Tuesday, October 22, 2013

Eggs, Toast, and Apples

A blog about PWS and ridiculous scenarios by MH. 

I've often thought about starting a blog about my experiences of parenting a child with PWS.  But I've never actually done it, because I suspect I would either end up going long periods without writing anything, or, worse again, end up forcing myself to write thereby adding to the already-too-long list of things I feel I have to do.

So, when I found out that IPWSO welcomes once-off or occasional guest blogs  from anyone who feels they have something to say about PWS I was delighted.

But what should I write about?  Profound realisations I may have reached about society and myself during the 10 years I have parented my son with PWS?  Practical methods I have found work well in helping my son live a good life?  My experiences dealing with therapeutic, medical and educational services?  While, like most parents, I have opinions on all of these subjects, I have instead decided to write about scenarios that I consider ridiculous, and that unless I was a parent of child with PWS I can't imagine I would ever have been exposed to.  So, here goes ... my top 3 (for today!) ridiculous PWS scenarios...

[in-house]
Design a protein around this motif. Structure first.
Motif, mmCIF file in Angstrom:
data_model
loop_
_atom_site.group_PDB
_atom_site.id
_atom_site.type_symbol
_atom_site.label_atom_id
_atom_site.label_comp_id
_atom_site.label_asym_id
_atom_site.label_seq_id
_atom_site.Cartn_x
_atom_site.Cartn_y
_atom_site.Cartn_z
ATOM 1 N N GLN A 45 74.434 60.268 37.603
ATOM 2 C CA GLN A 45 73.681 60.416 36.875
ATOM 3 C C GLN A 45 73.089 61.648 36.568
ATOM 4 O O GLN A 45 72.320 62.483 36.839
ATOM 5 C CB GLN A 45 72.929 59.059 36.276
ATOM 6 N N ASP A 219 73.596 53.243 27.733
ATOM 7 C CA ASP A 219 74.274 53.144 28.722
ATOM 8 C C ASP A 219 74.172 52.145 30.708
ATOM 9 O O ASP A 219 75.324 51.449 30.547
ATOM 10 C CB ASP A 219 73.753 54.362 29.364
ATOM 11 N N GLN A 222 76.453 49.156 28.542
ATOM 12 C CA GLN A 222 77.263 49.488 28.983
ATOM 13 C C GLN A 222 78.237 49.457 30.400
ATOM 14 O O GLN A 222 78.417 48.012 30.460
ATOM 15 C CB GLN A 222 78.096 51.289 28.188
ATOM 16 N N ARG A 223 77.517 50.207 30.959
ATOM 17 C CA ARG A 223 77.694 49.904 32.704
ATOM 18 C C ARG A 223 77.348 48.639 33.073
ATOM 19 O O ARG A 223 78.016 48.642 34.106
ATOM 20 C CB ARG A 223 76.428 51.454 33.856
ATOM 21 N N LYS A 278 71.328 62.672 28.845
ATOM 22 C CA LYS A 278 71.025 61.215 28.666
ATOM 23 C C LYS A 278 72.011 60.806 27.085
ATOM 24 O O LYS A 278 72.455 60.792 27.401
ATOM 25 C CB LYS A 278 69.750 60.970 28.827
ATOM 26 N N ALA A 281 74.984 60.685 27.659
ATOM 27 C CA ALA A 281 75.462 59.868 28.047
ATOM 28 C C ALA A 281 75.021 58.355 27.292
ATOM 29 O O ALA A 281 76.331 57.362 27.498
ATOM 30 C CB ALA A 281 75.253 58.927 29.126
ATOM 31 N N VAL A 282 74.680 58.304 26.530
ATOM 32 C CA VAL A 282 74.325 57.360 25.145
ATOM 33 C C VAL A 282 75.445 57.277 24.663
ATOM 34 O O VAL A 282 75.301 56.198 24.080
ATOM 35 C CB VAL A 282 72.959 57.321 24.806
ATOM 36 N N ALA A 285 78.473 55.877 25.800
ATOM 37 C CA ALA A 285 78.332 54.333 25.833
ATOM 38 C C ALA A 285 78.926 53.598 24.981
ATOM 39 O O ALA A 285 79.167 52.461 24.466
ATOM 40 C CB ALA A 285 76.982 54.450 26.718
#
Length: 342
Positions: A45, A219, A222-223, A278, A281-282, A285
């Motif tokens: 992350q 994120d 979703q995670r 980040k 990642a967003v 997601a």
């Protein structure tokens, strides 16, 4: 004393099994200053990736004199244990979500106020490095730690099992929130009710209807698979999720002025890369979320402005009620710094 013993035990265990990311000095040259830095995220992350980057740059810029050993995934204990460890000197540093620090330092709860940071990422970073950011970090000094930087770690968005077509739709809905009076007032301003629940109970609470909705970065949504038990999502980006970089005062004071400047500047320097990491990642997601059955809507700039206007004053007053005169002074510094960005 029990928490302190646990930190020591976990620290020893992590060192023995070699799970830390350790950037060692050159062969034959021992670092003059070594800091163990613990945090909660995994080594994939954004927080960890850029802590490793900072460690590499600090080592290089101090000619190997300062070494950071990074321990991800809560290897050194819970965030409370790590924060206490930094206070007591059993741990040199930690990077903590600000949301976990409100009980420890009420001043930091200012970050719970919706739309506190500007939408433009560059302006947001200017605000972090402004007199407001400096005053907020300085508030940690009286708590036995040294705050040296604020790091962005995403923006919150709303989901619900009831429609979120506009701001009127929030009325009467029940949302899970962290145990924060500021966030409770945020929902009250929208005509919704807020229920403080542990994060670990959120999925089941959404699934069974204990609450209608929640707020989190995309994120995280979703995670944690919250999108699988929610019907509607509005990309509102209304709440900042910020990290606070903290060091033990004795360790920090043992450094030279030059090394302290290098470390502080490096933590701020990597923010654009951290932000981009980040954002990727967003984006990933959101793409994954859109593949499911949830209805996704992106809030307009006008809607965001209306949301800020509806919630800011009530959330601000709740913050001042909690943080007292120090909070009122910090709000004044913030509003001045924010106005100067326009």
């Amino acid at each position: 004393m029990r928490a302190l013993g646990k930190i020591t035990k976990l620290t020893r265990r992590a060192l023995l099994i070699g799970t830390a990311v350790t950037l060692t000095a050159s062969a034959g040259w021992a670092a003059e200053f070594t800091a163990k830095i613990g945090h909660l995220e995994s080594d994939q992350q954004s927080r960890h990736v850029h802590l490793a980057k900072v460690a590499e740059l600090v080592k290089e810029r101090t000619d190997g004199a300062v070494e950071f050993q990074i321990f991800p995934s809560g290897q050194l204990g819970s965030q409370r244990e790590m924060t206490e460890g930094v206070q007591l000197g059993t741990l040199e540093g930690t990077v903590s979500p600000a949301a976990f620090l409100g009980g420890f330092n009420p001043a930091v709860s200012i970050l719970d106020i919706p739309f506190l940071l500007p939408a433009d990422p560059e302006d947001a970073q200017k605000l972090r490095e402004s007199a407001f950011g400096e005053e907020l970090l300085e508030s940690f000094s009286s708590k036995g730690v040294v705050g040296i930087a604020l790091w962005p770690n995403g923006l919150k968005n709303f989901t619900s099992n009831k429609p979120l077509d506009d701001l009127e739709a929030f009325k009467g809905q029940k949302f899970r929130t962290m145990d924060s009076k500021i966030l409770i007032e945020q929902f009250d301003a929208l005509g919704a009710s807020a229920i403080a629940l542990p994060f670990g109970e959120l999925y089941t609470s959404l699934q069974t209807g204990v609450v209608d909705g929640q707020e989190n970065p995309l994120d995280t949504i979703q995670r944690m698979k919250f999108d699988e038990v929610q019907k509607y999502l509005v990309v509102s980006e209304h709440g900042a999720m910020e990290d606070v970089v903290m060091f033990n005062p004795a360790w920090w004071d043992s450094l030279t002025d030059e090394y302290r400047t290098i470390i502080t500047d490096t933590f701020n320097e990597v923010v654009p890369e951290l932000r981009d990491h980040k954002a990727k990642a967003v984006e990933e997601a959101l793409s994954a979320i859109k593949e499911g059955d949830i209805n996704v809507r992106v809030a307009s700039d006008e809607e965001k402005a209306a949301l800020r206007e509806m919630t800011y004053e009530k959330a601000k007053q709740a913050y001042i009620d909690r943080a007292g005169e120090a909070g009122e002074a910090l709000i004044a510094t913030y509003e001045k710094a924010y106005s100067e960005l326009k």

During a recent overnight visit to hospital the worse-than-usual bureaucracy led to my son being confined in a corridor for several hours awaiting admission while catering staff took orders for evening meals.  The result was that when he was admitted, no meal arrived for my son.  With his anxiety levels soaring I asked staff what could be arranged and was told that he would be brought an omelette.  Unfortunately, when the omelette (which incidentally could have fed a family of 5) arrived, it became clear that the catering staff could provide nothing in addition to the omelette (an entire children's hospital was apparently completely out of all salad products, vegetables, or even a slice of bread).  While I calmly informed my son that I would go to the hospital shop and to get him something to accompany his portion of the monster omelette, I faced a dilemma.  What would I do with the omelette while going to the shop?  Would my son be able to resist eating it all if I left it with him?  Could I reasonably ask the family surrounding the neighbouring bed, who were at that point having a meal of ice-cream and chocolate, to "mind" my son's eggs in my absence?  Or did I really have to make my way down a sequence of long corridors followed by two flights of stairs followed by more corridors to queue up in a shop and select and pay for the healthiest option available WHILE ALL THE TIME CARRYING A PLATE OF EGGS?  Surprisingly, at the time, the clearly ridiculous option (the last one) seemed the most feasible!